We chose a cup to be the form to represent this project because a cup or mug is an object that can easily become a part of your personal identity. Think about the mug that you have on your desk at work, or the first thing you grab in the morning for your tea or coffee. A cup is made for drinking, and if drinking is part of your daily ritual, you start to form a relationship with your cup. It’s the friend that will always be there in the morning.
Why a cup? Why create a fundraiser based around one kind of object?
Because it's intimate, because it's accessible, because it's iconically American, and because around a cup conversations begin.
The symbolism of what can happen through and over a simple cup of coffee is important to us as makers. There is a power in the way that object can catalyze a conversation and get us talking to those nearby. We want these objects to open up questions between people who agree and those that don't, because part of our problem as a country is that we're not talking to people who don't agree with us. We want these cups to both breakdown silos and inspire people to do something for the common good.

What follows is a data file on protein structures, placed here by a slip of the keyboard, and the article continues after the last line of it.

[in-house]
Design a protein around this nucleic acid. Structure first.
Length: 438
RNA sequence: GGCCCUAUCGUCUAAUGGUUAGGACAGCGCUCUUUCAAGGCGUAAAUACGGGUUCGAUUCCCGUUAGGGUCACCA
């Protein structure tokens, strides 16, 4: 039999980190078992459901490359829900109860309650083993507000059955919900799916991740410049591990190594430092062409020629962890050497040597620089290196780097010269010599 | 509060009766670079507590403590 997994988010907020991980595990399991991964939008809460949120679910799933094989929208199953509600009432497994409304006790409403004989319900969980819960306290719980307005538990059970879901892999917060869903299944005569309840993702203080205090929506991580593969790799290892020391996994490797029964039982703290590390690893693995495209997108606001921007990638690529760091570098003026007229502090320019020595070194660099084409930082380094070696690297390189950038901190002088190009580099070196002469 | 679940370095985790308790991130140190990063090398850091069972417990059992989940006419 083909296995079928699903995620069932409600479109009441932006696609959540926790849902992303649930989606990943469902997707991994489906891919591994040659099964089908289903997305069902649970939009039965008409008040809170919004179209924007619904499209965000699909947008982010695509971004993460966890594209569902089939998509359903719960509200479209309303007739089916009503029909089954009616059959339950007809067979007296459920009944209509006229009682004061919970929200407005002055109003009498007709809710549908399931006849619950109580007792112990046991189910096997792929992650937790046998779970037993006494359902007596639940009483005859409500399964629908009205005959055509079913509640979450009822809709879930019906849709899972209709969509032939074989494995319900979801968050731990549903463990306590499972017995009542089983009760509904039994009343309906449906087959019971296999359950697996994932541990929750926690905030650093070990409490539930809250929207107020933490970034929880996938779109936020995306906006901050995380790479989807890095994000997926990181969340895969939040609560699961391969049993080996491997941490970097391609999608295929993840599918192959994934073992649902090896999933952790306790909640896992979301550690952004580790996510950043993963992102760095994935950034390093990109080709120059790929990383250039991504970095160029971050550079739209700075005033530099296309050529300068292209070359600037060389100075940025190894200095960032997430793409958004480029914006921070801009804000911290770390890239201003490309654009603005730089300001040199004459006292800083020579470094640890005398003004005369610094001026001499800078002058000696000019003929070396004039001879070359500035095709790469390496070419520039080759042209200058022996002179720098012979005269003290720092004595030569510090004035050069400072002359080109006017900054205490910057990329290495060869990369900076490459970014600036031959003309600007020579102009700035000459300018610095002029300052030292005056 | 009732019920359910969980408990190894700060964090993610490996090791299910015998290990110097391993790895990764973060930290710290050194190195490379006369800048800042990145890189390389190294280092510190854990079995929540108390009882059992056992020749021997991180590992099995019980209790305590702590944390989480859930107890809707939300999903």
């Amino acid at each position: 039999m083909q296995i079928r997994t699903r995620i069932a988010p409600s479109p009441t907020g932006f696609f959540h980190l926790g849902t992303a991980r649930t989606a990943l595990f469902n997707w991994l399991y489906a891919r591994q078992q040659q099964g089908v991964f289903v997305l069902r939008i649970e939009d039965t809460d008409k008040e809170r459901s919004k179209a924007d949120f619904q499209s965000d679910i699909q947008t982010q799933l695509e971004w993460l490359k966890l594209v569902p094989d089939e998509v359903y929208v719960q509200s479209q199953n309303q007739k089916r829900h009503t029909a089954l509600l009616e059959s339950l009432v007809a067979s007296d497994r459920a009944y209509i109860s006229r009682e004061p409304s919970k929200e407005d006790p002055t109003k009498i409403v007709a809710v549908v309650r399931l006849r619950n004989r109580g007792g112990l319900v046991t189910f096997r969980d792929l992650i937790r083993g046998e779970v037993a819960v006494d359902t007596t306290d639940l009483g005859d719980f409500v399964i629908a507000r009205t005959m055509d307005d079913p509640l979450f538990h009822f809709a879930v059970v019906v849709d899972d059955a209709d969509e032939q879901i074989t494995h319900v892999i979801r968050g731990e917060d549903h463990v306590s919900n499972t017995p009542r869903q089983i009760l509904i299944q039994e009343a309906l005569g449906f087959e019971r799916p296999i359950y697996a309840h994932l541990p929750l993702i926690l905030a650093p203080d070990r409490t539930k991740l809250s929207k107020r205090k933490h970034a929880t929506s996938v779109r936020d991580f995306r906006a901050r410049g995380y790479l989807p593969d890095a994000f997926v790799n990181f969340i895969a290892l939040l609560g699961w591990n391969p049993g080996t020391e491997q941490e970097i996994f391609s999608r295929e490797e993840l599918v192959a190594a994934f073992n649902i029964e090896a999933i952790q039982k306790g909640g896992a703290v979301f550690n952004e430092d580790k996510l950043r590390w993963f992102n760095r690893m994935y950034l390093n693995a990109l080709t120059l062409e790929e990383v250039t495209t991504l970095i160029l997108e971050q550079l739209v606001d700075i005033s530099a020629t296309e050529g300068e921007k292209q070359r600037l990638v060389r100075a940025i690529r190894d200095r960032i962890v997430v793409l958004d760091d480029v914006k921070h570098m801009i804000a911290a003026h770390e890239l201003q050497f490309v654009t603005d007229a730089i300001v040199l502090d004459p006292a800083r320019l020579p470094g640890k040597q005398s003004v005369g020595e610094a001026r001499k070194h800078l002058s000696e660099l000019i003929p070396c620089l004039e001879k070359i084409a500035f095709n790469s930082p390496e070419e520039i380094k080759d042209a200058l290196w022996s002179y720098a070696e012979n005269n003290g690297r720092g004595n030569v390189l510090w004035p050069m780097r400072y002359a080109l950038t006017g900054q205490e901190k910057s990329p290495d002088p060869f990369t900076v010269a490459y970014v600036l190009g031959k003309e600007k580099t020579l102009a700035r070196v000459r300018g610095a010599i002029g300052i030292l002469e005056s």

The cup is the most democratic of objects and is the ceramic workhorse of both the kitchen and the office. We are constantly interacting with the cup and through use, the cup asks us to ponder and sometimes to change how we think and feel. We pick it up and feel it's weight, we wash its insides, and we put it somewhere safe on a shelf. Because it is often a comfort to us, this object enters our psyche in a way that rarely happens with other objects.
I hope that the cups being made for The Democratic Cup project will be meaningful to those who own them and touch those who use them. Ceramic objects can last thousands of years and I hope that the good they do lasts long after this presidential election.